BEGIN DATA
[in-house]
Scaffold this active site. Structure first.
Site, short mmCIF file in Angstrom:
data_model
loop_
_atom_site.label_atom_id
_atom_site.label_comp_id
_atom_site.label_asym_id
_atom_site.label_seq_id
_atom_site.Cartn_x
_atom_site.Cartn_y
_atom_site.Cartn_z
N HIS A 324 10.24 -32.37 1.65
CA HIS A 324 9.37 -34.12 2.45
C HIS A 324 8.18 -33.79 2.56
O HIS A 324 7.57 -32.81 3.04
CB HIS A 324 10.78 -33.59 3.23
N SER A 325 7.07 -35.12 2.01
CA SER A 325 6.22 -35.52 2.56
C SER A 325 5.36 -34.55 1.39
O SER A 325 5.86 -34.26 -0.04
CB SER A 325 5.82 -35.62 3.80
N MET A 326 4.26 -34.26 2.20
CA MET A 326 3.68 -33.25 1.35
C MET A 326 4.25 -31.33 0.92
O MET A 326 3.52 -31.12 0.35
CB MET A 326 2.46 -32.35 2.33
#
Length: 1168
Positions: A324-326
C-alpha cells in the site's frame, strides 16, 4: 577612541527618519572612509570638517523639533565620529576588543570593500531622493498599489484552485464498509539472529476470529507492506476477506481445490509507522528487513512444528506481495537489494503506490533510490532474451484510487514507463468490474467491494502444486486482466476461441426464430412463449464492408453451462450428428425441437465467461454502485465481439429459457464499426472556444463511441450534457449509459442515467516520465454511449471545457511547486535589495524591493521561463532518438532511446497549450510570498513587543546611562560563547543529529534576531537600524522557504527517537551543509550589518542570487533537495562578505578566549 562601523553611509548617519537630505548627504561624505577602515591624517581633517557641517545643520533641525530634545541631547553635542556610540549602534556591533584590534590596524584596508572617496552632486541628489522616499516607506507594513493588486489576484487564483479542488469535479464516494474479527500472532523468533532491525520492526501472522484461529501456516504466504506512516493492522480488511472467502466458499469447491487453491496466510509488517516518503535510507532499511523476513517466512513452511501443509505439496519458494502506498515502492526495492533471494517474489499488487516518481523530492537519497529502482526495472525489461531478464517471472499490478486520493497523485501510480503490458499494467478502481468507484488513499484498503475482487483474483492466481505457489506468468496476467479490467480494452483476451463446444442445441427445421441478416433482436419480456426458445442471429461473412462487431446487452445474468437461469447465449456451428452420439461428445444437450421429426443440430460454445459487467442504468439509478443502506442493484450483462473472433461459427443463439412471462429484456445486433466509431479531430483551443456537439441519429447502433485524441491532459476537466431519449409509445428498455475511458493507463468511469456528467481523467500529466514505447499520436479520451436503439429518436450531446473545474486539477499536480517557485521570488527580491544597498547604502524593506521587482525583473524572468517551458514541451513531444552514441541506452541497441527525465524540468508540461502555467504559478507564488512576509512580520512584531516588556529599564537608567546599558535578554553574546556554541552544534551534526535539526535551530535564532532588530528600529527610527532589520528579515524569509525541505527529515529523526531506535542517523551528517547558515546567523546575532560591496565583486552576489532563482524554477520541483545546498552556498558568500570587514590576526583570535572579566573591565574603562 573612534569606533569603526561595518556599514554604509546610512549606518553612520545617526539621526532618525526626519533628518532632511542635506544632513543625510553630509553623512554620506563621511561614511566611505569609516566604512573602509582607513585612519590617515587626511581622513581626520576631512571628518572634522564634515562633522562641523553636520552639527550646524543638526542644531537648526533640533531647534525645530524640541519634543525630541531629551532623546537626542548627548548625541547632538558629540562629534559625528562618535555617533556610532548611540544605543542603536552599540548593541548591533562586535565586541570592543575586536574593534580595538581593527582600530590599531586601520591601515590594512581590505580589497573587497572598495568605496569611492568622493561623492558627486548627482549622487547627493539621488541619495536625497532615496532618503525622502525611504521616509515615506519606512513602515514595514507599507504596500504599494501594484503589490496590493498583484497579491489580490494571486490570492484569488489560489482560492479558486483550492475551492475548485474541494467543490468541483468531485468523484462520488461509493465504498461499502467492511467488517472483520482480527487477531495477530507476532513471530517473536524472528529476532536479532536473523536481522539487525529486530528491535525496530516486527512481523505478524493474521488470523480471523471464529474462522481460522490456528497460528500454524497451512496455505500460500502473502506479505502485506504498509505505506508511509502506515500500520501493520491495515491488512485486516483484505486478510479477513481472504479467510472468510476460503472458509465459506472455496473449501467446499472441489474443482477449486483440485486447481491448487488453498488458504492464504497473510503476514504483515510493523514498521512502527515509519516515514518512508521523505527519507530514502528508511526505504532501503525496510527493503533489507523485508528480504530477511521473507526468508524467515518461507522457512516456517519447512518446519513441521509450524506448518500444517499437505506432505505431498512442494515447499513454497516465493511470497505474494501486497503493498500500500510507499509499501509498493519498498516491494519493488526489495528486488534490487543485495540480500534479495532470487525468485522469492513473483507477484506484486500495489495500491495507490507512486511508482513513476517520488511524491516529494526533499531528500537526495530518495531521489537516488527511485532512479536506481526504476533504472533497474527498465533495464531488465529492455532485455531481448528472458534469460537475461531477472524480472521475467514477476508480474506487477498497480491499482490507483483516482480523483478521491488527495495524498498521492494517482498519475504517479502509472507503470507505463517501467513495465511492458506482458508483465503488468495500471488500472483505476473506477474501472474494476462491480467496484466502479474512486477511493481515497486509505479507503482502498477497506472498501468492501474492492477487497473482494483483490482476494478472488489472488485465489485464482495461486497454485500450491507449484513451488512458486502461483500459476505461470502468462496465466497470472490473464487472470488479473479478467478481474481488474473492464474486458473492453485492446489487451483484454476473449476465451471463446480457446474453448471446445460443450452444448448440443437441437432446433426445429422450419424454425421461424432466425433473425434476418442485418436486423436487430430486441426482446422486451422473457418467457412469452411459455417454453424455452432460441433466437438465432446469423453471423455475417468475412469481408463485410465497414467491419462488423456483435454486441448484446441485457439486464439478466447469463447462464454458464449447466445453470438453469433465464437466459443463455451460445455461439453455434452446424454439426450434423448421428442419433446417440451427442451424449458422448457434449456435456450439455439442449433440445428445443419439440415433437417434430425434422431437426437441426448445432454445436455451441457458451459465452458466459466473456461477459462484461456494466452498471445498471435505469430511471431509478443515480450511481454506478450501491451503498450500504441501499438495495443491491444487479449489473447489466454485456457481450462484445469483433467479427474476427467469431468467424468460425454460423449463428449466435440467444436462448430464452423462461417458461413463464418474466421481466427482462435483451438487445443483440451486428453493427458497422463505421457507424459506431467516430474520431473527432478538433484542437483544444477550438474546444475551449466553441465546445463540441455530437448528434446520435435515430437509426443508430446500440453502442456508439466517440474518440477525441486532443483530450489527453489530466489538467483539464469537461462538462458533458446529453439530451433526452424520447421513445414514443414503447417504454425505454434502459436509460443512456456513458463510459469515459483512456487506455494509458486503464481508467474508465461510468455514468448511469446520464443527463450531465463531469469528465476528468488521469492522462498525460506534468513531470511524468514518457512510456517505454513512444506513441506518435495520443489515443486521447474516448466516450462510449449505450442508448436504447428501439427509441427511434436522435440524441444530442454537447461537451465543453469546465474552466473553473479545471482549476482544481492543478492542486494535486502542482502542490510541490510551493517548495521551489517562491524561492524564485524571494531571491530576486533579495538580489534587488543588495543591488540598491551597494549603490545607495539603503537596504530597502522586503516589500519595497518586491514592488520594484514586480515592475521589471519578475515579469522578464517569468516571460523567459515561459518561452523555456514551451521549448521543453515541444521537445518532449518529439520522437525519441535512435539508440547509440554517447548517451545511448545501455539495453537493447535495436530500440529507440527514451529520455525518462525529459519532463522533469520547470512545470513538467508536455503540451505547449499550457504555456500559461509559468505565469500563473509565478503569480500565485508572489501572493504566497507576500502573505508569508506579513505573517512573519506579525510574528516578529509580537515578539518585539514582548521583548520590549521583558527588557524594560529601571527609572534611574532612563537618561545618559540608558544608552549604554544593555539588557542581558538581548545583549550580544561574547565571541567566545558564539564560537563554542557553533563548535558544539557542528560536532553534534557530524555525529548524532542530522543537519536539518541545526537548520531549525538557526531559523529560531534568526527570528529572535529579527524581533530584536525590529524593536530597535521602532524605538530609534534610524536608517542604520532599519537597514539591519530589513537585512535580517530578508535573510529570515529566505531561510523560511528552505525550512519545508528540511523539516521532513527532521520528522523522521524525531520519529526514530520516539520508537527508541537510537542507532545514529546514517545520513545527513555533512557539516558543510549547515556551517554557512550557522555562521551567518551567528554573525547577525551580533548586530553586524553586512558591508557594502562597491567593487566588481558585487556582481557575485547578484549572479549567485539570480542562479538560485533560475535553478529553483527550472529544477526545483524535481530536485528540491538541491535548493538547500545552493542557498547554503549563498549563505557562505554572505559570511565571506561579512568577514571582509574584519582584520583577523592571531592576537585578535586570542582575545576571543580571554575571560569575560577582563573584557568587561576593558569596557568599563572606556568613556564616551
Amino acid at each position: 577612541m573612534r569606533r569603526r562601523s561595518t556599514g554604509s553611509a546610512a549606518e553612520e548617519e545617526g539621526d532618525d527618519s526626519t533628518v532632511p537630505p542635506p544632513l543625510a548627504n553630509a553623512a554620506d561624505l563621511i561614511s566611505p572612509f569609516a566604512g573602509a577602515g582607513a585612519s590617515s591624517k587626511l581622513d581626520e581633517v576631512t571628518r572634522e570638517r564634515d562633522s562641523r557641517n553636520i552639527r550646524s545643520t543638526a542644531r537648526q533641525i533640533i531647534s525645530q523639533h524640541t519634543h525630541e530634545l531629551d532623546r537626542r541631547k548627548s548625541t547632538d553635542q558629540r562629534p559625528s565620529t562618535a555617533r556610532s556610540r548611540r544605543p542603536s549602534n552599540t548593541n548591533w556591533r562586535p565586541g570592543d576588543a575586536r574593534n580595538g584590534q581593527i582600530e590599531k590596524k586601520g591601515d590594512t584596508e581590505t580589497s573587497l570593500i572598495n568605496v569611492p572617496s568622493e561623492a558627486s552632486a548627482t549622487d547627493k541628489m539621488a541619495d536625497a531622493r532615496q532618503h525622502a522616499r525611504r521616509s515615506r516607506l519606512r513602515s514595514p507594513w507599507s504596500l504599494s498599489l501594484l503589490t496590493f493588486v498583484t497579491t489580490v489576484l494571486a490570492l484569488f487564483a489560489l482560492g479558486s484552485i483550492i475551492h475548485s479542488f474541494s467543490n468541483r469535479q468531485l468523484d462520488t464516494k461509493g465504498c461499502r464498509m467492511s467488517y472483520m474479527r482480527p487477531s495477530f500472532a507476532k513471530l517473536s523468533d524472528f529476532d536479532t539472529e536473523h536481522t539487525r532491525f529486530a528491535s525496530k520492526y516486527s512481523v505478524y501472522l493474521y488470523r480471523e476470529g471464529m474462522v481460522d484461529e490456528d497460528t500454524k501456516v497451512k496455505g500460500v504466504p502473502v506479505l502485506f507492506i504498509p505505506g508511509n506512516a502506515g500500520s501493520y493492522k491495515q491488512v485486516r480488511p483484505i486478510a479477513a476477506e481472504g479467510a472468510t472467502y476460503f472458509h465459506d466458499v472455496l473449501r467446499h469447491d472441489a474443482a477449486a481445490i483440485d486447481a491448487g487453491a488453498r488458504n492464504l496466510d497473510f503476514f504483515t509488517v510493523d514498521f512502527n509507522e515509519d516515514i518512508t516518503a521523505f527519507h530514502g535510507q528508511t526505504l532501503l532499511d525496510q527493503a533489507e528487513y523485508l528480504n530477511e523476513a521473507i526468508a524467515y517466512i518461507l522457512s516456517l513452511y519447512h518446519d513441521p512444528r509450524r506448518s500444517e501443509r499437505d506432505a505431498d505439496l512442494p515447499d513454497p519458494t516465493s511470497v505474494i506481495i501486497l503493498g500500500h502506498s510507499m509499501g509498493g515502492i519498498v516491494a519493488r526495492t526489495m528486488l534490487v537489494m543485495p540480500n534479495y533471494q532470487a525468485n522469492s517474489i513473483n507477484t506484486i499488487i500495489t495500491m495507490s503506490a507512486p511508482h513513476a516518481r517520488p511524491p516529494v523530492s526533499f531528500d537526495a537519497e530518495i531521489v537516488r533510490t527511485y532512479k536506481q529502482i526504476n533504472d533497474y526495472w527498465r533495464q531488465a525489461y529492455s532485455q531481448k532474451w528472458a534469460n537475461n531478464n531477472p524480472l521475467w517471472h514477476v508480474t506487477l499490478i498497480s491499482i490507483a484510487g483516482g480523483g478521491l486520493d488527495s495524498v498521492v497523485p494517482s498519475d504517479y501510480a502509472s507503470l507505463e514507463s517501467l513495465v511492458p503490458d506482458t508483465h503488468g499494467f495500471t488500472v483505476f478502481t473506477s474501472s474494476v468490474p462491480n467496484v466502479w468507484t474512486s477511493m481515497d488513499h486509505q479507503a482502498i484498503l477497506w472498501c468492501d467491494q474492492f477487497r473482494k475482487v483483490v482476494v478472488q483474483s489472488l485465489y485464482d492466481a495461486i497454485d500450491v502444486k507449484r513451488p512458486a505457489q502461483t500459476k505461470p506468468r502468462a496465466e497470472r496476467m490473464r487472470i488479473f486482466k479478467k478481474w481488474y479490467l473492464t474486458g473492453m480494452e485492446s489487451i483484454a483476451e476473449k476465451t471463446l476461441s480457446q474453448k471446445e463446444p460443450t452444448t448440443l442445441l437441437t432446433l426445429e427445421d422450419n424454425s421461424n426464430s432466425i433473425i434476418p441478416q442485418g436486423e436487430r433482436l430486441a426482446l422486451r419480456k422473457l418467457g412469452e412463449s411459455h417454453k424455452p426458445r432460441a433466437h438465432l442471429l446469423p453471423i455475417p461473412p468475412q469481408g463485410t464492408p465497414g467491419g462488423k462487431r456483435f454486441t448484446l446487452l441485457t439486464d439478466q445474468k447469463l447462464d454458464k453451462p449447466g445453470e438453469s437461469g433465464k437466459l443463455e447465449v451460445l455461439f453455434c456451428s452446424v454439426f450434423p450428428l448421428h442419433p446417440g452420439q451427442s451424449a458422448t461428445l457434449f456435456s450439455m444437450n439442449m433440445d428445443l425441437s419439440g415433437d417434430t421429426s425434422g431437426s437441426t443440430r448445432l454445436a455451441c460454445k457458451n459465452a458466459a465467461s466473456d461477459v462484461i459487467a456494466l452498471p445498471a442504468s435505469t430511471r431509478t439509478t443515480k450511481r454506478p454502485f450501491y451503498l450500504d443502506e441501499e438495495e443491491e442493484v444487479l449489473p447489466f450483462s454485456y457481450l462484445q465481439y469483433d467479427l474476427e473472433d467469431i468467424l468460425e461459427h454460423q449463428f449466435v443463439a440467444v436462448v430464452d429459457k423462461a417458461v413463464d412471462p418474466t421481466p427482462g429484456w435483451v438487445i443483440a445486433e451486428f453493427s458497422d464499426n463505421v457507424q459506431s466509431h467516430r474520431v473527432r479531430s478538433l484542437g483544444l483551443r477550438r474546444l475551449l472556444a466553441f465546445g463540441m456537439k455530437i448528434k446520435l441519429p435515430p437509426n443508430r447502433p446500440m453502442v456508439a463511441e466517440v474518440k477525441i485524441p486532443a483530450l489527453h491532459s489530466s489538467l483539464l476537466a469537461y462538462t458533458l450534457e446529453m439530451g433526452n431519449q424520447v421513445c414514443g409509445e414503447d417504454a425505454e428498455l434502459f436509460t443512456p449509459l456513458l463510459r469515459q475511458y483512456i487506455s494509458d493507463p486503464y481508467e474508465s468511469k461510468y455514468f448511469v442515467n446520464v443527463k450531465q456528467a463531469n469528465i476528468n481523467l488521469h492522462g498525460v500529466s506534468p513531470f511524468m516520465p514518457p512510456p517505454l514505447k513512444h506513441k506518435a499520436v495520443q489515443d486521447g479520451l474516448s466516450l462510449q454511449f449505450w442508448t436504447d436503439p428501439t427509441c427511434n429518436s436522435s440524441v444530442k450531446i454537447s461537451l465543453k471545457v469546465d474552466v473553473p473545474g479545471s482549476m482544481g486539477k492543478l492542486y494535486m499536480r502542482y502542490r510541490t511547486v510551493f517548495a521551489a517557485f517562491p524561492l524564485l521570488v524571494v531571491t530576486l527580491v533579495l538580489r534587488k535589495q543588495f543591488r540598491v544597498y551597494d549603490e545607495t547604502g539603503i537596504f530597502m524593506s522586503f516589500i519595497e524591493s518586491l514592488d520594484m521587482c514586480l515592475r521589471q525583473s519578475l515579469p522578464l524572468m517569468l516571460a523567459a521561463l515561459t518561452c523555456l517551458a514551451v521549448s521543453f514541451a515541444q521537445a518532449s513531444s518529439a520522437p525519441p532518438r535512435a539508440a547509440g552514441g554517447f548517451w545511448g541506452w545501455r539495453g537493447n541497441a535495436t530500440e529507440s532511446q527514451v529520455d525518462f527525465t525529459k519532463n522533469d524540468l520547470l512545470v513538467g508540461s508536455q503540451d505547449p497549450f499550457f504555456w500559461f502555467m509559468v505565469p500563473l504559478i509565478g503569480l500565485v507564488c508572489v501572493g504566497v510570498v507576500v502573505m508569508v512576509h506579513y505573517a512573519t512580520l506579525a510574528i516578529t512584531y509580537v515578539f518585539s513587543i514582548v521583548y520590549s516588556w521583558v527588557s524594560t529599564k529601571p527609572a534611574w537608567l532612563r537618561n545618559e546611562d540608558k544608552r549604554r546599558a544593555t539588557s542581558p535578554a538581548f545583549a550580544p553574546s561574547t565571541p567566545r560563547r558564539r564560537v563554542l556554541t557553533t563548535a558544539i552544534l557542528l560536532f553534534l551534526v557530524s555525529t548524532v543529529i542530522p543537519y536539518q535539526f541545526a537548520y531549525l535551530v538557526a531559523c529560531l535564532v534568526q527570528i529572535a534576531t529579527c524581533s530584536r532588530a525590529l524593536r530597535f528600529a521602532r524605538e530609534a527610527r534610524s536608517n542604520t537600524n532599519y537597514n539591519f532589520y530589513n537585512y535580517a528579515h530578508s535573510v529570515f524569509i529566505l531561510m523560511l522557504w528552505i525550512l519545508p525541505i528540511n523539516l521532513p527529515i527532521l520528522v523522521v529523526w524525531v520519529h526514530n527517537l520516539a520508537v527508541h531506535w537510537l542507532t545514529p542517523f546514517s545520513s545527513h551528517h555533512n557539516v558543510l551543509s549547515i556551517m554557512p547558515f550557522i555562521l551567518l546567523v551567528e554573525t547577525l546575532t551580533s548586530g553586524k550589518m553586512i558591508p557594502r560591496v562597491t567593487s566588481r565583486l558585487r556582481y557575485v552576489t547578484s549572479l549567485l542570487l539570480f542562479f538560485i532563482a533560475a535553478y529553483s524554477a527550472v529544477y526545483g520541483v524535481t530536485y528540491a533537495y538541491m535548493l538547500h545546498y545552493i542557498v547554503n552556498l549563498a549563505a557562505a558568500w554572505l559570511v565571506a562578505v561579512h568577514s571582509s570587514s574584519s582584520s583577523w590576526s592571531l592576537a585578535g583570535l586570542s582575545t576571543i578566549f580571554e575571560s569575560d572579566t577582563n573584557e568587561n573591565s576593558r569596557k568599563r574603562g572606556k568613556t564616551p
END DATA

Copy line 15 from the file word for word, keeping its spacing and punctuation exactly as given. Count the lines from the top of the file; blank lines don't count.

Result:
C HIS A 324 8.18 -33.79 2.56